There%26rsquo;s something very special about the process of old-fashioned, frame-by-frame, 2D animation. In the old days, the only way to get your animated character to wave his or her arm was to spend hours upon hours painstakingly crafting each frame and constantly readjusting your work to make sure everything flowed correctly. Now you just set a couple of keyframes and let a computer do it all for you.
Above: This took us 10 minutes
Compare our stupid little stick figure to the works of Don Bluth, Hayao Miyazaki or the Disney animators of the last few decades. These animators are rightly labeled as geniuses: they%26rsquo;re able to turn a series of static images into a living, breathing world, filled with characters with fluid %26ndash; yet subtle %26ndash; movement. Animation is the art of motion, and to break down our gestures into tons of tiny frames takes a level of observation and patience that few can really appreciate.
Above: Wow, did Spike Jonze see this?
Videogames add another layer of complexity to the art of animation, as most games don%26rsquo;t flow in a predetermined, linear fashion. Here are the games that most impressed us with the quality of their 2D animation while remaining fully interactive. Some of the games use the old-fashioned hand-drawn cel animation style, and some of them rely on pixels, but they%26rsquo;re all flat, all cartoony, and all of them are as fun to look at as they are to play.
Sure, we%26rsquo;ve been over this before - The SNES version of Aladdin was developed internally by Capcom (which then owned the rights to develop and publish all Disney games on SNES), while the Genesis version was developed by Virgin Interactive, with the help of the Disney animators who worked on the film. Now, we don%26rsquo;t mean to disrespect Capcom%26rsquo;s efforts (Aladdin on SNES is still among the best platformers on the system, and truth be told, many of us at GR prefer it for its gameplay), but you can%26rsquo;t deny that the Disney magic makes a big difference. Back-to-back time!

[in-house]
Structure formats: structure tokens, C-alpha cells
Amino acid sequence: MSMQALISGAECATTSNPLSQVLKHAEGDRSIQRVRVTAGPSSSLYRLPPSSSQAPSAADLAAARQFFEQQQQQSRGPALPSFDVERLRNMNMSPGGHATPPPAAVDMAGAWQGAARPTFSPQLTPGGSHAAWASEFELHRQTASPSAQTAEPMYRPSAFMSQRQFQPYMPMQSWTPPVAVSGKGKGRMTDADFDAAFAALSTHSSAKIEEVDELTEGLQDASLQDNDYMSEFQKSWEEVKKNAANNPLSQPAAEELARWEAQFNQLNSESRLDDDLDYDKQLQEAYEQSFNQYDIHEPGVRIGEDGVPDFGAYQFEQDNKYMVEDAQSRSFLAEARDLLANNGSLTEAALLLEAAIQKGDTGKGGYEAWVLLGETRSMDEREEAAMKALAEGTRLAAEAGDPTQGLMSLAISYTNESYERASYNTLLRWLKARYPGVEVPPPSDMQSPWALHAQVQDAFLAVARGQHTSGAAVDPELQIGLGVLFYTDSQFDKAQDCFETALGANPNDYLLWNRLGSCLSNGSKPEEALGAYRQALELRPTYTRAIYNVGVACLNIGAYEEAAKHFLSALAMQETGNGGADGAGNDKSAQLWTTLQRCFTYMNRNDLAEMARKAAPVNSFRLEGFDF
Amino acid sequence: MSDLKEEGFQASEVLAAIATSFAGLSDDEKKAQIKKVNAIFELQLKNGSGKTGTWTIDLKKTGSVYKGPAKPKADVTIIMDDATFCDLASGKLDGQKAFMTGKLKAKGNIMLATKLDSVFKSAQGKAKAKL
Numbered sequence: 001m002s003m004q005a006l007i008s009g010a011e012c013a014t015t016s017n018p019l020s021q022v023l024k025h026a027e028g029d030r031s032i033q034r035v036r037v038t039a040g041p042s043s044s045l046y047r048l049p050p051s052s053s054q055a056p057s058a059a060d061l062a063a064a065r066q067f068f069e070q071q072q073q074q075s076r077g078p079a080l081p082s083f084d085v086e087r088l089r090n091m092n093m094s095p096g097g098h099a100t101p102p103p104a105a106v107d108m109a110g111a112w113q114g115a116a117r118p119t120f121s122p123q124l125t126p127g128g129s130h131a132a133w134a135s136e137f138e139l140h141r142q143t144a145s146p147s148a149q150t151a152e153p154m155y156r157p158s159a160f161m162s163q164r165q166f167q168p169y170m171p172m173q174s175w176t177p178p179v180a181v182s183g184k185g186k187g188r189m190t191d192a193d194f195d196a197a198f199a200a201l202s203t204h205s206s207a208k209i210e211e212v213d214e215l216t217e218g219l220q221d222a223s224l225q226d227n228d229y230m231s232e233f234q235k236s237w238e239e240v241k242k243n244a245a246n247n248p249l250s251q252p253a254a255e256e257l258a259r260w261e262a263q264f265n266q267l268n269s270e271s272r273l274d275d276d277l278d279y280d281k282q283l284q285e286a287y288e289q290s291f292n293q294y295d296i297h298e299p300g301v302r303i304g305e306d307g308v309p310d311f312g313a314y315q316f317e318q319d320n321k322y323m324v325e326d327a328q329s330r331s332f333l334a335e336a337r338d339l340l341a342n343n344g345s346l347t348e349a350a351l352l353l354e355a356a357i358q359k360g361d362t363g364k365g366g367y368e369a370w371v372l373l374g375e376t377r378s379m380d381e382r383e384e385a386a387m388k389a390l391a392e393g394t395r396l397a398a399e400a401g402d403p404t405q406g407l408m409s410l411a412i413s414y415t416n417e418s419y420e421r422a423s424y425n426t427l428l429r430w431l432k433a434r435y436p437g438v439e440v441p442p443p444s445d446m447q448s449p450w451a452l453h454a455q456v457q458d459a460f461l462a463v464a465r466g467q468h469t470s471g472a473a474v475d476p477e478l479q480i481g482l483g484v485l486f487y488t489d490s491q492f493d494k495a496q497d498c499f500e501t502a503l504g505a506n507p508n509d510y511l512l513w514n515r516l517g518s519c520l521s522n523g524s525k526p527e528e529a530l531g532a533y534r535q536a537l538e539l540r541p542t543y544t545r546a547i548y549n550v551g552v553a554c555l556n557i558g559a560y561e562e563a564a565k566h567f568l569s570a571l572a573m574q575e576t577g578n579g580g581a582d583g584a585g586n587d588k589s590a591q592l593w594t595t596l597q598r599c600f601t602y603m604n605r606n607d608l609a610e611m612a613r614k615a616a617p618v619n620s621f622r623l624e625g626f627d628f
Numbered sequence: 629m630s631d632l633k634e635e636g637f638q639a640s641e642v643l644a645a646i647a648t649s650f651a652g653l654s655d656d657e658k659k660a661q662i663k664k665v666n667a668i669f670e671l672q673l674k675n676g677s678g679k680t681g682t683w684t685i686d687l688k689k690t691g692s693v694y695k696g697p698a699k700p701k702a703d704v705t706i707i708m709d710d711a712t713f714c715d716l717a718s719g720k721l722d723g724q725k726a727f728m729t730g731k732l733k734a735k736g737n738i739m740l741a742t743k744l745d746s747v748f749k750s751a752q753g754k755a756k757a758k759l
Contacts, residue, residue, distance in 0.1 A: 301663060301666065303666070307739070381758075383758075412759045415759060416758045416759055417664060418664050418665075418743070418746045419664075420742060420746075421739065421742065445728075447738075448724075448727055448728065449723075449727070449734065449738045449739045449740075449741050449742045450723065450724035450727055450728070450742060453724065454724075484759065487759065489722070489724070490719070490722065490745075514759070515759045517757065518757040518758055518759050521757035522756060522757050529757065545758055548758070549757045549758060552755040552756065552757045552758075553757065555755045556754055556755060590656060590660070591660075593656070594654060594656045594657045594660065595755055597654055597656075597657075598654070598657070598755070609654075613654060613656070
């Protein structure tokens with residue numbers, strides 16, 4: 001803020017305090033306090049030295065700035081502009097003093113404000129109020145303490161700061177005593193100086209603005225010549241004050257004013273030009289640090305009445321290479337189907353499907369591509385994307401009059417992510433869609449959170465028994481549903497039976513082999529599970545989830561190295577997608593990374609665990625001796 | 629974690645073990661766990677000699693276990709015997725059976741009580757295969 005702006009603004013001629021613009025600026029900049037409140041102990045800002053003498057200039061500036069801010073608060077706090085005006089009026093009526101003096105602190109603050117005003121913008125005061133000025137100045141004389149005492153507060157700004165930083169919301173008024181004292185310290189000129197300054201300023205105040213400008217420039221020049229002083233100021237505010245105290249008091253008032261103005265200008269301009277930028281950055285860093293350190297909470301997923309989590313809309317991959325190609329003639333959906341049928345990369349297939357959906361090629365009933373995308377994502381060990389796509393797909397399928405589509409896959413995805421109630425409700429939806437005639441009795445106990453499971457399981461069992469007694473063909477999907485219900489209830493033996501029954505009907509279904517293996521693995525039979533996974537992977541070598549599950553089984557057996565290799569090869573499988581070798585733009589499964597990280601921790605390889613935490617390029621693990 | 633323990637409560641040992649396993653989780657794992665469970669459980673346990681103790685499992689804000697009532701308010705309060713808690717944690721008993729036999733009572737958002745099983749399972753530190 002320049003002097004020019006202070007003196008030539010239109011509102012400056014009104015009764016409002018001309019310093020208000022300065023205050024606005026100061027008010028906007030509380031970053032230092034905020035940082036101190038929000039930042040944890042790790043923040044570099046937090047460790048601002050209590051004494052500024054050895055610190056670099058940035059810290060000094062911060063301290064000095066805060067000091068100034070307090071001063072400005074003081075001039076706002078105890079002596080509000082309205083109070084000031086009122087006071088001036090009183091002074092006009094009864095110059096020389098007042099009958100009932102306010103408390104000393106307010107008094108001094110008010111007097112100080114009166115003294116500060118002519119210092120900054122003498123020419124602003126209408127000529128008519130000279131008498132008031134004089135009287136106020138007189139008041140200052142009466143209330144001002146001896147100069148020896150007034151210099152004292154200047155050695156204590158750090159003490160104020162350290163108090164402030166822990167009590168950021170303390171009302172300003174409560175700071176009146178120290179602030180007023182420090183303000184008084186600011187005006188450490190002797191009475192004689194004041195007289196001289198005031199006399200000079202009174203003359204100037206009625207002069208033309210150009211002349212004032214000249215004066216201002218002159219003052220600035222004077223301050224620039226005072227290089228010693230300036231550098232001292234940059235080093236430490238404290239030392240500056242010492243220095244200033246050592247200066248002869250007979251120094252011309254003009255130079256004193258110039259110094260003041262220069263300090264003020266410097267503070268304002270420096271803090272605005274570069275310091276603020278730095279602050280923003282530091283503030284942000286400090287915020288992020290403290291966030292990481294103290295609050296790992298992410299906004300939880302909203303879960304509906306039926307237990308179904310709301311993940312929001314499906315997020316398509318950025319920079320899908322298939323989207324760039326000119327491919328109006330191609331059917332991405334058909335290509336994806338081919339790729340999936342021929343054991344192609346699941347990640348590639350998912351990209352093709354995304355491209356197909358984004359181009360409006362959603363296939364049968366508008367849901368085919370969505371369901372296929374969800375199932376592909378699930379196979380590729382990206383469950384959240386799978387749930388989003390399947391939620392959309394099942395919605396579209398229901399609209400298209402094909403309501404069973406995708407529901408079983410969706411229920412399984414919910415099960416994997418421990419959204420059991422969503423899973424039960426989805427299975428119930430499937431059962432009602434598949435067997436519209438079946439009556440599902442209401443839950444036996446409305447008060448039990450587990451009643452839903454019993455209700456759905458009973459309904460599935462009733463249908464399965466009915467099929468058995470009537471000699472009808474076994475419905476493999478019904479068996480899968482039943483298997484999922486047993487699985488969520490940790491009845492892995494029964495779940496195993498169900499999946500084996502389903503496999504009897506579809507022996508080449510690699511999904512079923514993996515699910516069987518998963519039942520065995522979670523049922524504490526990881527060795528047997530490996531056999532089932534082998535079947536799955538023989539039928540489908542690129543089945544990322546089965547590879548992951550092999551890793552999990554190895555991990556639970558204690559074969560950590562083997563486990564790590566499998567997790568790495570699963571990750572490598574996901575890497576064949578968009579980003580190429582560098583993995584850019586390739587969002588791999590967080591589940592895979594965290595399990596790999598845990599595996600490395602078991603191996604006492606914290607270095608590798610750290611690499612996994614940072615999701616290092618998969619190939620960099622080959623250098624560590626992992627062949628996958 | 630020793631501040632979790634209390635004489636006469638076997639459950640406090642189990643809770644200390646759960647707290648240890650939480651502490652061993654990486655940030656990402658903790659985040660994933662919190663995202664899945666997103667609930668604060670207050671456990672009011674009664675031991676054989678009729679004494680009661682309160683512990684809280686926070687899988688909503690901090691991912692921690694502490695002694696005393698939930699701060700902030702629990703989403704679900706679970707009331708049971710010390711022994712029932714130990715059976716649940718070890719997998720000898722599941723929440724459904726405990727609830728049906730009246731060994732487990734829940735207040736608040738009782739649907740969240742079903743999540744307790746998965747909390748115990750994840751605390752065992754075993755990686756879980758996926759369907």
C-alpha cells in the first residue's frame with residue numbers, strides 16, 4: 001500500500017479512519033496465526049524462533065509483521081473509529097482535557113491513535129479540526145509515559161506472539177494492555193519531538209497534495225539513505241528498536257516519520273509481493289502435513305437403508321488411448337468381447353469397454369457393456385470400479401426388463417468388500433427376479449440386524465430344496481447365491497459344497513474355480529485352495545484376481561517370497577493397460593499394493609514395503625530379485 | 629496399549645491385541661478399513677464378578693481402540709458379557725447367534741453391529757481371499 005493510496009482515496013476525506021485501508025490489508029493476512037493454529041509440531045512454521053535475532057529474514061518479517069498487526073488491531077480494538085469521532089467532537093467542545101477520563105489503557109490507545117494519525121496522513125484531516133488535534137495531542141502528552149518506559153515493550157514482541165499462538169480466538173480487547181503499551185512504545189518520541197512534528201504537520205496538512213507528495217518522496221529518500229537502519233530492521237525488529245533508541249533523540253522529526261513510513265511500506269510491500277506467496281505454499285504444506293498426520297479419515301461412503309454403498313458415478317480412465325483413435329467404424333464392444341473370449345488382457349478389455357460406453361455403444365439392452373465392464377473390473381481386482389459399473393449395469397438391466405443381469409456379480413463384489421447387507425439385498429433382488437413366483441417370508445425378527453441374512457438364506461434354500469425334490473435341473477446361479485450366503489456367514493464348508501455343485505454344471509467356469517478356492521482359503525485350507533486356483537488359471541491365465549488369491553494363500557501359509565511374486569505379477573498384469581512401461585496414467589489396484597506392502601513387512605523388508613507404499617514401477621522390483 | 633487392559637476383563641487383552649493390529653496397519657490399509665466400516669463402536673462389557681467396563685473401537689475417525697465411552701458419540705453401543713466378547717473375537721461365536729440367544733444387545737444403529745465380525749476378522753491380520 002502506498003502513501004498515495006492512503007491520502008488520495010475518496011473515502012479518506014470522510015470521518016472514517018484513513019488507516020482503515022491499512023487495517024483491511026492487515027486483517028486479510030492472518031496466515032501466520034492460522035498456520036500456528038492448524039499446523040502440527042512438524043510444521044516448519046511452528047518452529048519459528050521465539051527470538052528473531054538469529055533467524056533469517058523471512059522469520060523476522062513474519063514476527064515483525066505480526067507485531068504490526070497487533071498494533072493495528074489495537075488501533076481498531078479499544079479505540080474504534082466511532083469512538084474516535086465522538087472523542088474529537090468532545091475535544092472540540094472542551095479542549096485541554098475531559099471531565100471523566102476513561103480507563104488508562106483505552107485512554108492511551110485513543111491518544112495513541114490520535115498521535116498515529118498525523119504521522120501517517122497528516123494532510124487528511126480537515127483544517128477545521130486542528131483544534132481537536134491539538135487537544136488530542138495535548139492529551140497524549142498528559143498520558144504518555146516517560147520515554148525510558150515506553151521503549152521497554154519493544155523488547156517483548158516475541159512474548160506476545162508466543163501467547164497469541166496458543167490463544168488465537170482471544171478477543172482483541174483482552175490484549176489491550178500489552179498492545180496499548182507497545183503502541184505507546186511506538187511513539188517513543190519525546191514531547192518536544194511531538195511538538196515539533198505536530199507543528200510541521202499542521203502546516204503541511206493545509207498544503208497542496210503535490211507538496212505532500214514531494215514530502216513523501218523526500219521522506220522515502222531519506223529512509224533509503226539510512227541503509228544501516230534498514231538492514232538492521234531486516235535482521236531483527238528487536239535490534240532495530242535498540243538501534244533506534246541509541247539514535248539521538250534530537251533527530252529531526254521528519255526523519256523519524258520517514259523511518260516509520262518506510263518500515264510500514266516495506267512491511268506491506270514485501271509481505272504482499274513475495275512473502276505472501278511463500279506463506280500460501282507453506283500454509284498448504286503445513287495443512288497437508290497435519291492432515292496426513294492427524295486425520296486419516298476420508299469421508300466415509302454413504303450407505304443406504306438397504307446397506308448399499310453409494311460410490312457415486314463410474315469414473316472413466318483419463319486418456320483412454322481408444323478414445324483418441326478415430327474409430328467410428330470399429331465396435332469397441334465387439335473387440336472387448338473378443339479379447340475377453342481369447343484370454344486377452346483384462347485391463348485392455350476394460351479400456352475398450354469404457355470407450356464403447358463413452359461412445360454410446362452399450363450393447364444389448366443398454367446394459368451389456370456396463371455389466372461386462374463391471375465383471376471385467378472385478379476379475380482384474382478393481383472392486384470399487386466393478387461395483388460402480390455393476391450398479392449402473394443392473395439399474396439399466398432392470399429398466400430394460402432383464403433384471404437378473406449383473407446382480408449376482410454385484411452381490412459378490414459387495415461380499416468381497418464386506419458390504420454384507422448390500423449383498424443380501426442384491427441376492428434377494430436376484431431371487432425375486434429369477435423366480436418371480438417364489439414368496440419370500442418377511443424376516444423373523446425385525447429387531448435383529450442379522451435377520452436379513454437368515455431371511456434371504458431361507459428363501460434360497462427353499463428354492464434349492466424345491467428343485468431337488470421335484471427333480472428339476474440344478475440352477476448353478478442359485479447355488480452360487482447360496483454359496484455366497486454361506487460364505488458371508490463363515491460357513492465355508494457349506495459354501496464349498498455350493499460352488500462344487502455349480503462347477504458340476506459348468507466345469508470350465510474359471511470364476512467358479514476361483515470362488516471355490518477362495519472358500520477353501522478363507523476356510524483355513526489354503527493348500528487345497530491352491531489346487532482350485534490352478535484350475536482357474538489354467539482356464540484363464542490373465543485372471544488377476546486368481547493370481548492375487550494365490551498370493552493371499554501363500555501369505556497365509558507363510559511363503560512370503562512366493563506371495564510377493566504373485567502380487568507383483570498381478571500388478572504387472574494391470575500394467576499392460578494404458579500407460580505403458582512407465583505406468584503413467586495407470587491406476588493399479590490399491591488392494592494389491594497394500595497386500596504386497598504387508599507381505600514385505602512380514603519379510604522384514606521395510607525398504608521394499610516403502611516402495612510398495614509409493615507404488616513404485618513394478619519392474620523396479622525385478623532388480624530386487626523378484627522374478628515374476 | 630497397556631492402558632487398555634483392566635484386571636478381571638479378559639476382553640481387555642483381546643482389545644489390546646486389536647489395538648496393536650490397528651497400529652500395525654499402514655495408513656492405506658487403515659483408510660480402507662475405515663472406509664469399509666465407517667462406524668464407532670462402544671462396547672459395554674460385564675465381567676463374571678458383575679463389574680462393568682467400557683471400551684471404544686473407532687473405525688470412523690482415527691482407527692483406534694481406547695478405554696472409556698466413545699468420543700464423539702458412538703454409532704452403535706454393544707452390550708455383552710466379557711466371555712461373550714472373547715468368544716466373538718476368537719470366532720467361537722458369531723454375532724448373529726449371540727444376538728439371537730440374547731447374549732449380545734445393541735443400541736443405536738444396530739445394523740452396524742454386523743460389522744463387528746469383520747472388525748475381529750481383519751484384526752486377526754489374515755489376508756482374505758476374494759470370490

Above: Not that Aladdin uses a sword much in the movie, but it%26rsquo;s certainly more badass than Mario-ing people to death
The swirls of smoke that erupt from breaking lamps or from getting too close to hot coals, the fluidity of the climbing animation, and (of course) the pink-hearted boxer shorts make the visuals in the Genesis version really pop. Is it because of the use of scanned animation cels as opposed to pure pixels? Maybe, but regardless, you have to give credit where credit is due for Virgin%26rsquo;s impressive line of 2D Disney-licensed games that came out in the %26lsquo;90s, includingThe Lion King,Hercules and even obscure games like Maui Mallard in Cold Shadow %26ndash; there was a time when a Disney tie-in game was a thing to be excited about.
Above: Not this
We could just turn this list into a collection of all our favorite Disney games, but Mr. Antista%26rsquo;s covered that all before. There%26rsquo;s got to be some non-Disney stuff that looks good, though, right? Well, how about this?
Above: Will f*** you up
Designers David Perry and Doug TenNapel are extremely well-known figures in the gaming world (incidentally, David Perry worked on the Genesis Aladdin, too), and Earthworm Jim the character is such a recognized fan favorite that his voice actor, Dan Castellaneta, isn%26rsquo;t known for anything else.
Above: No, wait, we take it back. He also voiced Boogerman
There%26rsquo;s certainly something to be said for fluid, hand-drawn animation %26ndash; it can turn even a cold, corporate advergame like Cool Spot (Perry%26rsquo;s prior effort) into a beloved retro classic. Everyone knows the Earthworm Jim series for its over-the-top, cartoony style %26ndash; and if you judge a game based on the quality of its idle animations, Earthworm Jim 1 and 2 are bona fide artistic masterpieces.
Above: Earthworm Jim: making not playing a game fun since 1994
David Perry%26rsquo;s career as a game director effectively faded out after he worked on Enter the Matrix, a game that a surprisingly large number of people both bought and hated. He now lends his name to David Perry%26rsquo;s Industry Map, a handy little site where you can enter a game%26rsquo;s name and find out where in the world it was made.
Doug TenNapel, on the other hand, went on to create The Neverhood and sequel Skullmonkeys, two notably well-animated claymation games. The Neverhood borrowed gameplay elements from Myst and traditional point-and-click adventures, while Skullmonkeys was simultaneously reminiscent of Donkey Kong Country, Oddworld: Abe%26rsquo;s Odyssey, Earthworm Jim and Tomba!, as well as The Nightmare Before Christmas and Mystery Science Theater 3000. Yeah, it%26rsquo;s kind of a weird game.